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Stores near high schools with higher African American enrollment had more menthol cigarette advertisements and cheaper Newport cigarettes than stores near high schools with higher white enrollment.
Source: Nicotine Tob Res. 2012 Jan;14(1):116-21. doi: 10.1093/ntr/ntr122. Epub 2011 Jun 24.
Cigarette companies increased its spending on advertisements and promotions from 8.05 billion in 2010 to 8.37 billion in 2011.
Source: "Federal Trade Commission Cigarette Report for 2011." Washington, DC: Federal Trade Commission. 2013. Report.
Fact: 81% of youth who have ever used tobacco started with a flavored product.
Source: "Flavored Tobacco Product Use in Youth and Adults: Findings From the First Wave of the PATH Study (2013–2014)." American Journal of Preventative Medicine, 2017.
Studies show that people seeking treatment for nicotine dependence alongside substance abuse are more likely to be successful.
Source: Baca & Yahne, 2008; Prochaska et al., Journal of Consulting and Clinical Psychology, 2004.
Smoking is more common among members of the US military than civilians.
Source: Campaign for Tobacco Free Kids, March 30, 2017
In DC, Big Tobacco advertises up to 10x more in black neighborhoods than in other neighborhoods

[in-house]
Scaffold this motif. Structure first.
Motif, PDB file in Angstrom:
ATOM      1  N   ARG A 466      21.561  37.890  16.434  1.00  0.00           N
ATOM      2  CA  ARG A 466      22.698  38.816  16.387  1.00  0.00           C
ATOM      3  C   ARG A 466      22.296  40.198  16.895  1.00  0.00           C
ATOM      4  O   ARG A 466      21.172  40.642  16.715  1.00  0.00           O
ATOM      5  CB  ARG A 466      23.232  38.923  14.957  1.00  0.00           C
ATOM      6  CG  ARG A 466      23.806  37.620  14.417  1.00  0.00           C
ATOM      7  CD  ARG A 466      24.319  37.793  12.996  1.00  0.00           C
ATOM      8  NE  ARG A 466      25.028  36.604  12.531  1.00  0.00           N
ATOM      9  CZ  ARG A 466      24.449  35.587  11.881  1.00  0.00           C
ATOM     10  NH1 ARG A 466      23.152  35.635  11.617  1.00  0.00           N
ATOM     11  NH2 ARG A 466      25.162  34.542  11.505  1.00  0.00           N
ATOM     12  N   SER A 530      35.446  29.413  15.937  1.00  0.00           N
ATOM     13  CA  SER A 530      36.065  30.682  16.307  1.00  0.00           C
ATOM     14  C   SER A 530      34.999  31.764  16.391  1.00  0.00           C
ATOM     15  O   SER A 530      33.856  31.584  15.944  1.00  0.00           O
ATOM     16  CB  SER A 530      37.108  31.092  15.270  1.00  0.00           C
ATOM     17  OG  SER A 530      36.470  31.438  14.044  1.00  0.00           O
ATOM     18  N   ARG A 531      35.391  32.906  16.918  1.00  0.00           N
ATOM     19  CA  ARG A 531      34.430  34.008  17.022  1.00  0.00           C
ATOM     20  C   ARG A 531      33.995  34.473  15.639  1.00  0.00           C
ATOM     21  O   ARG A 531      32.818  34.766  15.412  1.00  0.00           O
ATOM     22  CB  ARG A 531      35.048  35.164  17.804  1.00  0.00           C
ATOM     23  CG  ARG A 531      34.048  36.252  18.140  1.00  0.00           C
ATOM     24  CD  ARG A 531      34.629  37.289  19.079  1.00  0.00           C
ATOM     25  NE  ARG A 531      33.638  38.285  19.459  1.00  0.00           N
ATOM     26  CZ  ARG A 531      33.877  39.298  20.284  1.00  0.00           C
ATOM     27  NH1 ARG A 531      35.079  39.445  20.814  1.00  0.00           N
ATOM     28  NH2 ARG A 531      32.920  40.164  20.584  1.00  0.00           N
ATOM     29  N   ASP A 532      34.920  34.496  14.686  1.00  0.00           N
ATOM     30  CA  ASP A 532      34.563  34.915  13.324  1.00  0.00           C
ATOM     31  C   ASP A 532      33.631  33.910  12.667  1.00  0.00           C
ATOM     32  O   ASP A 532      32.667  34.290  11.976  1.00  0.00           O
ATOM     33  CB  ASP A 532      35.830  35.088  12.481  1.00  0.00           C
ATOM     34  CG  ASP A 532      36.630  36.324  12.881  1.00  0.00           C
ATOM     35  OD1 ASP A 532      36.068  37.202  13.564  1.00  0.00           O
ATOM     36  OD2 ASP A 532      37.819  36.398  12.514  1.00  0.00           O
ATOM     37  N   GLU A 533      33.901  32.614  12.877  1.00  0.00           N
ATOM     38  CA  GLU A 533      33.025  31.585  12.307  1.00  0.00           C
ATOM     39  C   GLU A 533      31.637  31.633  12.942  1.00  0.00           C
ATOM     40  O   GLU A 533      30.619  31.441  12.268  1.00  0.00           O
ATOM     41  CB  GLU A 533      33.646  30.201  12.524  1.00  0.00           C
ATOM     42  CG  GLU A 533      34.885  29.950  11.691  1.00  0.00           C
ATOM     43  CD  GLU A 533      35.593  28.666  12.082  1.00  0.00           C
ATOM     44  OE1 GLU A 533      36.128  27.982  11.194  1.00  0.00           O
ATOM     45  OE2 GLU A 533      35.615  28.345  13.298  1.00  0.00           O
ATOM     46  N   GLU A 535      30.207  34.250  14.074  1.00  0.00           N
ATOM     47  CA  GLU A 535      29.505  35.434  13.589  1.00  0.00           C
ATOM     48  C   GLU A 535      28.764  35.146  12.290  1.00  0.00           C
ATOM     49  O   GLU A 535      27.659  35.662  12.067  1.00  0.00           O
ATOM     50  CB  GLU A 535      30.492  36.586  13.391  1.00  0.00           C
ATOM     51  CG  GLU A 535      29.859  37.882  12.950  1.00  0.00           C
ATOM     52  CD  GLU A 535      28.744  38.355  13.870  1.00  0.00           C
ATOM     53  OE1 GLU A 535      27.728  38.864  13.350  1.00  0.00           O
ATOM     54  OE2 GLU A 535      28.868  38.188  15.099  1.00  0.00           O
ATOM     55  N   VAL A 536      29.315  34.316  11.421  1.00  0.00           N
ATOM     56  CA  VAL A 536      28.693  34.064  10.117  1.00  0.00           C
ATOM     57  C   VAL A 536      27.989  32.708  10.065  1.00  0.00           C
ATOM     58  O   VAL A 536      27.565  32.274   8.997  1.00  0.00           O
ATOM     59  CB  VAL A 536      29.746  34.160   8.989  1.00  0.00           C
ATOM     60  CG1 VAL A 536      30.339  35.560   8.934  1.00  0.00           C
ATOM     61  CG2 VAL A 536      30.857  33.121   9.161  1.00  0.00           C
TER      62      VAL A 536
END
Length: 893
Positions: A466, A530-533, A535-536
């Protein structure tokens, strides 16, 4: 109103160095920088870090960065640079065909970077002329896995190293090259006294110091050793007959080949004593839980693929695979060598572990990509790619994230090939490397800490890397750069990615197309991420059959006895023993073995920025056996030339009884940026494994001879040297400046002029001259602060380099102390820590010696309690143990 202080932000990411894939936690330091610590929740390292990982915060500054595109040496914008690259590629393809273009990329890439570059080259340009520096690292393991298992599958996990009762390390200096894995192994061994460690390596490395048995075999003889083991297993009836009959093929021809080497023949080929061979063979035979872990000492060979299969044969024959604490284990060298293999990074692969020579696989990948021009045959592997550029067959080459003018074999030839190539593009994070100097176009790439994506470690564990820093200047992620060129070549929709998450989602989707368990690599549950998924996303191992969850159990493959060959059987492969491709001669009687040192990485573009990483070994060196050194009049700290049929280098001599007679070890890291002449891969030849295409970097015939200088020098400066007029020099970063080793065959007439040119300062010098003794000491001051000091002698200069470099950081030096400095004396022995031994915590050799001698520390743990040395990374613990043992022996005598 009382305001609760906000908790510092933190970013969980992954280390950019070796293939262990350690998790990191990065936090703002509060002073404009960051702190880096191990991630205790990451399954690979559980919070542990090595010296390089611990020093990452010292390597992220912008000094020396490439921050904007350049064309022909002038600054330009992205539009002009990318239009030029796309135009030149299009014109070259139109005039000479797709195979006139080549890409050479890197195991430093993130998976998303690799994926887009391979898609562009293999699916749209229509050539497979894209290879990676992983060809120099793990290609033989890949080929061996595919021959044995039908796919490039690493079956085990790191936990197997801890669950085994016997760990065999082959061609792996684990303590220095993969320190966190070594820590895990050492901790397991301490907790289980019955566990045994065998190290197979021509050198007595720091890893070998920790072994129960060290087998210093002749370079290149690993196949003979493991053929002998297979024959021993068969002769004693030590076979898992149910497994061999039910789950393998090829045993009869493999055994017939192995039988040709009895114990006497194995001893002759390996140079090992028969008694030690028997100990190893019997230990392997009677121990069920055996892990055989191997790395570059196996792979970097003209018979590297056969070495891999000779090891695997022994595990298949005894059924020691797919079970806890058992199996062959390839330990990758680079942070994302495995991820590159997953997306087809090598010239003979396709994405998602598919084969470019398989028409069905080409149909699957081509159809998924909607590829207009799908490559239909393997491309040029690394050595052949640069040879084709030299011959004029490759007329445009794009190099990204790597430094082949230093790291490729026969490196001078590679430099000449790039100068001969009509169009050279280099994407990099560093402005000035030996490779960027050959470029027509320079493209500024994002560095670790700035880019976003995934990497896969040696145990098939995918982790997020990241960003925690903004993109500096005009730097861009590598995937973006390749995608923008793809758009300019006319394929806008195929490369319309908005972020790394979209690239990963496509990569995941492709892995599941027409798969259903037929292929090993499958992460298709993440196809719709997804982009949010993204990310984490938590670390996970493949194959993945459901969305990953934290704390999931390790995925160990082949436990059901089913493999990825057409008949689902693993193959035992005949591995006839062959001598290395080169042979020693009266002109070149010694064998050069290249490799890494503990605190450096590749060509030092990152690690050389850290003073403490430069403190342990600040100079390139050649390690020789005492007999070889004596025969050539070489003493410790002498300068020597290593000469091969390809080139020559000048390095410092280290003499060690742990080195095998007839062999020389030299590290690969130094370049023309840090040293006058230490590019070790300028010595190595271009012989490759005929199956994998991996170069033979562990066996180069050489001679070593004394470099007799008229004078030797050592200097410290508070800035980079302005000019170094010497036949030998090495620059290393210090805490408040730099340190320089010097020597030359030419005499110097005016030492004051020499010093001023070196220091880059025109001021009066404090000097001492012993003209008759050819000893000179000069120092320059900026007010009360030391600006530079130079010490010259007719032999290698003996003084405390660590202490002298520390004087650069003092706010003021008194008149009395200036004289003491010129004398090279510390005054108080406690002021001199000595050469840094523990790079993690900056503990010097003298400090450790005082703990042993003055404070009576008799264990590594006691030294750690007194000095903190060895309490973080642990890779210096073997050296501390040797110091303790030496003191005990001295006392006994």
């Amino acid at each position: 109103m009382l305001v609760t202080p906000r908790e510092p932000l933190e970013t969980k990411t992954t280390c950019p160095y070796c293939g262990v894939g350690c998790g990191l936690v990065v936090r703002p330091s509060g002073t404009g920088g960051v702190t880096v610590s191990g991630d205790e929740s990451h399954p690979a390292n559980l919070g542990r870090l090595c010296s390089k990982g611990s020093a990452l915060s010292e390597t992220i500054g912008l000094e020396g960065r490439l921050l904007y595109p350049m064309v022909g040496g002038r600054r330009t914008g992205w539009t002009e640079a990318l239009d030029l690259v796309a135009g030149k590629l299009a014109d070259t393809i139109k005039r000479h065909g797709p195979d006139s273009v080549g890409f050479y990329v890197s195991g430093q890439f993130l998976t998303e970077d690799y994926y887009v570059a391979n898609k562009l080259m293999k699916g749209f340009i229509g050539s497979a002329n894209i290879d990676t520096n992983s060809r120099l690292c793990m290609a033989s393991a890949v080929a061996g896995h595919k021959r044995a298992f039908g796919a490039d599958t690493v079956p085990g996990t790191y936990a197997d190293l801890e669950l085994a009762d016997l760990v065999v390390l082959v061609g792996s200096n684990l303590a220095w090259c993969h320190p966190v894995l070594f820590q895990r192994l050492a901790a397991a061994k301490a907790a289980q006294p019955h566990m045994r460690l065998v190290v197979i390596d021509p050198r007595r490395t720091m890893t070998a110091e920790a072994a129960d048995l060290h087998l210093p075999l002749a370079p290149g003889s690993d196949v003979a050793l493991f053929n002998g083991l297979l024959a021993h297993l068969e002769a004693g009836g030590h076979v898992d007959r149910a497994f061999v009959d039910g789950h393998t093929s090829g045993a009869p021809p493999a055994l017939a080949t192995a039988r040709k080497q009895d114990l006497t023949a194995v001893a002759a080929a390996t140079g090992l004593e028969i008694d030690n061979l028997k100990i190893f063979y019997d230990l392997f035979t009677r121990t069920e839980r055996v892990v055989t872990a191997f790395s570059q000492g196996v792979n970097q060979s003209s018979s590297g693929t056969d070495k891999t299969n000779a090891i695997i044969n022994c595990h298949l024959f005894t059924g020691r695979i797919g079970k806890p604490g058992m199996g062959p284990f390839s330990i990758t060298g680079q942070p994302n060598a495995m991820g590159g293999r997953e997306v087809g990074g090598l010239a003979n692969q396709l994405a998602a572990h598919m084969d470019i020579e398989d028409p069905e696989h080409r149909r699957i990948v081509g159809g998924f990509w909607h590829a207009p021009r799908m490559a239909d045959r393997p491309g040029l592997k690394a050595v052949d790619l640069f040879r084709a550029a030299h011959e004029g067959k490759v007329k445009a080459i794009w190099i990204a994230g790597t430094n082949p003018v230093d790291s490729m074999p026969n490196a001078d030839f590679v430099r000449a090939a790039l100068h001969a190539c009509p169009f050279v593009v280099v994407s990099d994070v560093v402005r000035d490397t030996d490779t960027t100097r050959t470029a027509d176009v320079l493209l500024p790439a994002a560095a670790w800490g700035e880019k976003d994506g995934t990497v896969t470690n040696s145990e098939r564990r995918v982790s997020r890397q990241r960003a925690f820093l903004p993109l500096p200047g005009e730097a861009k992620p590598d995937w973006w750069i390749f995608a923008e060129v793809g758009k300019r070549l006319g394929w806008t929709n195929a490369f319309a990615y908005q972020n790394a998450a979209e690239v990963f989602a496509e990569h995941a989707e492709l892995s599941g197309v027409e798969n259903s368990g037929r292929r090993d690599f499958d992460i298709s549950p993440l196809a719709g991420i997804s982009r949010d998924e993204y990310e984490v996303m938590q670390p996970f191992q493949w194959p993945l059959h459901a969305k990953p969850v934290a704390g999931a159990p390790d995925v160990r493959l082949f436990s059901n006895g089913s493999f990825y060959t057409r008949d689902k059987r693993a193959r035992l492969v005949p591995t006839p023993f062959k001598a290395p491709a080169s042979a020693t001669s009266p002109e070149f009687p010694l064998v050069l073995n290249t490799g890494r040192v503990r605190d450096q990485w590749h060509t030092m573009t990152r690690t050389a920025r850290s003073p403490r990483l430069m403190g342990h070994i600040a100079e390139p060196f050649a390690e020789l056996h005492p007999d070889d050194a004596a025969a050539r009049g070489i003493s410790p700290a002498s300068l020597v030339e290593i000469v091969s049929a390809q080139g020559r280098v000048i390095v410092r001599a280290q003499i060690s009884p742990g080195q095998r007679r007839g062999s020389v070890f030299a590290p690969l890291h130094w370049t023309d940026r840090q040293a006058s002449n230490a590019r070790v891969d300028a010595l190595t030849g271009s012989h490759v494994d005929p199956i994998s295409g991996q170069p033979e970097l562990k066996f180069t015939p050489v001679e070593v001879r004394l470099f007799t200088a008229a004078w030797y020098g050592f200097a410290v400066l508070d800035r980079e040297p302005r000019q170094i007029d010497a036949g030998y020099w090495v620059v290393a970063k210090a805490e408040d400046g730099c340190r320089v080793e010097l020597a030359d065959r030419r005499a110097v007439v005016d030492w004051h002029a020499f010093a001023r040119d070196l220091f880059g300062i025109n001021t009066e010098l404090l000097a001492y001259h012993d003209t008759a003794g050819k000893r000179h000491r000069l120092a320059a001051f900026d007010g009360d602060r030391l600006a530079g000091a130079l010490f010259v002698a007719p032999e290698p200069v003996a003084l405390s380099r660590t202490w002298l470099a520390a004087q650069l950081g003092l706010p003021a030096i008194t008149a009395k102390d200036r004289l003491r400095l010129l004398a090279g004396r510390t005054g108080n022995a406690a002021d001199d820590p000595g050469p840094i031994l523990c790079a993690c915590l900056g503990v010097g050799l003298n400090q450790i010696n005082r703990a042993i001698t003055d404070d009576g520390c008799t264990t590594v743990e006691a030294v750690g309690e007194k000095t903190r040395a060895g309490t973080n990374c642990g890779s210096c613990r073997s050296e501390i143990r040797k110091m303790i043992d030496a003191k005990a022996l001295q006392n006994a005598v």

Source: Lee, J. G., Henriksen, L., Rose, S. W., Moreland-Russell, S., & Ribisl, K. M. (2015). A systematic review of neighborhood disparities in point-of-sale tobacco marketing. American journal of public health, 105(9), e8-e18.
Big Tobacco once said people “entering stressful situations, e.g., starting a new job or entering the military” often start to smoke or smoke more. They targeted their products to the US military.
Source: PM, PHILIP MORRIS,DUNN,WL JR,SCHORI,TR. SMOKING BEHAVIOR AND STRESS. 1971 November. Philip Morris Records.
Cigarette companies advertised "light" cigarettes as less harmful to the smoker, although they can deliver the same levels of tar and nicotine.
Source: National Cancer Institute. "Risks Associated with Smoking Cigarettes with Low Machine-Measured Yields of Tar and Nicotine." Bethesda, MD: "Smoking and Tobacco Control." U.S. Department of Health and Human Services, Public Health Service, National Institutes of Health, National Cancer Institute. Bethesda, MD. Risks Associated with Smoking Cigarettes with Low Machine-Measured Yields of Tar and Nicotine. 19 Nov. 2001. 21, 245-246.
During 2005-2009, smoking-attributable productivity losses totaled $150.7 billion per year.
Source: "The Health Consequences of Smoking—50 Years of Progress. A Report of the Surgeon General." U.S. Department of Health and Human Services, Centers for Disease Control and Prevention, National Center for Chronic Disease Prevention and Health Promotion, Office on Smoking and Health. Smoking-Attributable Morbidity, Mortality, and Economic Costs. 2014. Report.